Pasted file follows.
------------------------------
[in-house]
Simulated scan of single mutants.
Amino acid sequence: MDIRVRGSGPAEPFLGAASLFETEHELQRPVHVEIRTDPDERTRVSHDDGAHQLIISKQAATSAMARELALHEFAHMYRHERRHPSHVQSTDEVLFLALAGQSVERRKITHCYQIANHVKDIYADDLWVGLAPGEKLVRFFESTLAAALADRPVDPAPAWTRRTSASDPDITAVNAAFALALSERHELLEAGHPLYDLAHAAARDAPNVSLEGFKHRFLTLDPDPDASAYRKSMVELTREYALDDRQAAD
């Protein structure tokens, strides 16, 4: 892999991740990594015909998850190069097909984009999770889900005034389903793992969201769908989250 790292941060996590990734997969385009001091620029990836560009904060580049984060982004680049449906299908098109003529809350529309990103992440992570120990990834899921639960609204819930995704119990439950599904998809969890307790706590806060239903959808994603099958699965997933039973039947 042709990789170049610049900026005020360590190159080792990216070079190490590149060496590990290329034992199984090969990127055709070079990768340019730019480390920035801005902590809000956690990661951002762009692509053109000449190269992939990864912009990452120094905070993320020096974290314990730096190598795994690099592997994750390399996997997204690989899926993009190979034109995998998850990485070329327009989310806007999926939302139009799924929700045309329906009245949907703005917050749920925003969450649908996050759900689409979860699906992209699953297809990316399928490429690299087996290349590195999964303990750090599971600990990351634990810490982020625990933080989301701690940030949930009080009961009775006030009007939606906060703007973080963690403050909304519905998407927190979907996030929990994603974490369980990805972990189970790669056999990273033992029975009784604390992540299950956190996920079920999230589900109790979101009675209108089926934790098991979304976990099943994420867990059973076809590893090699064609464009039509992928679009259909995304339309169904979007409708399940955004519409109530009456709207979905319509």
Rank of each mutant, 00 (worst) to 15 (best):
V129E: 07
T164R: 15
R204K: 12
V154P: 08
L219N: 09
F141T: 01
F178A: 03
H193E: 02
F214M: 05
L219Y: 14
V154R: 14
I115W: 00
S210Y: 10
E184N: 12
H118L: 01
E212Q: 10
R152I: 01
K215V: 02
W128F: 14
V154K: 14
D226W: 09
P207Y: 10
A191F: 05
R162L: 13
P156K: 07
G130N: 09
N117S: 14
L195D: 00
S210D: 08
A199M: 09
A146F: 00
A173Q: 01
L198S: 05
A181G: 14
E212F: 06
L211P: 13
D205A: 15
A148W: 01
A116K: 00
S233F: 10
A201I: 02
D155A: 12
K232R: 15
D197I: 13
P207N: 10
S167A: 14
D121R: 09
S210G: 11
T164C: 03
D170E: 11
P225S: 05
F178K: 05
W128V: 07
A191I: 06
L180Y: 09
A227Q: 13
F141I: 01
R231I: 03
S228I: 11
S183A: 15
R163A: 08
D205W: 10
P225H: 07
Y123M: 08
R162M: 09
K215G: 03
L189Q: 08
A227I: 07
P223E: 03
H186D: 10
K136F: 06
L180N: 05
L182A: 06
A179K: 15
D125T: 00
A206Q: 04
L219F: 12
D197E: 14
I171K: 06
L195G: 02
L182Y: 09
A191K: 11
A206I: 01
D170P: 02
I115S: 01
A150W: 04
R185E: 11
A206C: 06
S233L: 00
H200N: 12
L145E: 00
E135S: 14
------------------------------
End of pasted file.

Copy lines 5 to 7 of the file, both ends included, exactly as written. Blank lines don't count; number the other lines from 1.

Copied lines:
Rank of each mutant, 00 (worst) to 15 (best):
V129E: 07
T164R: 15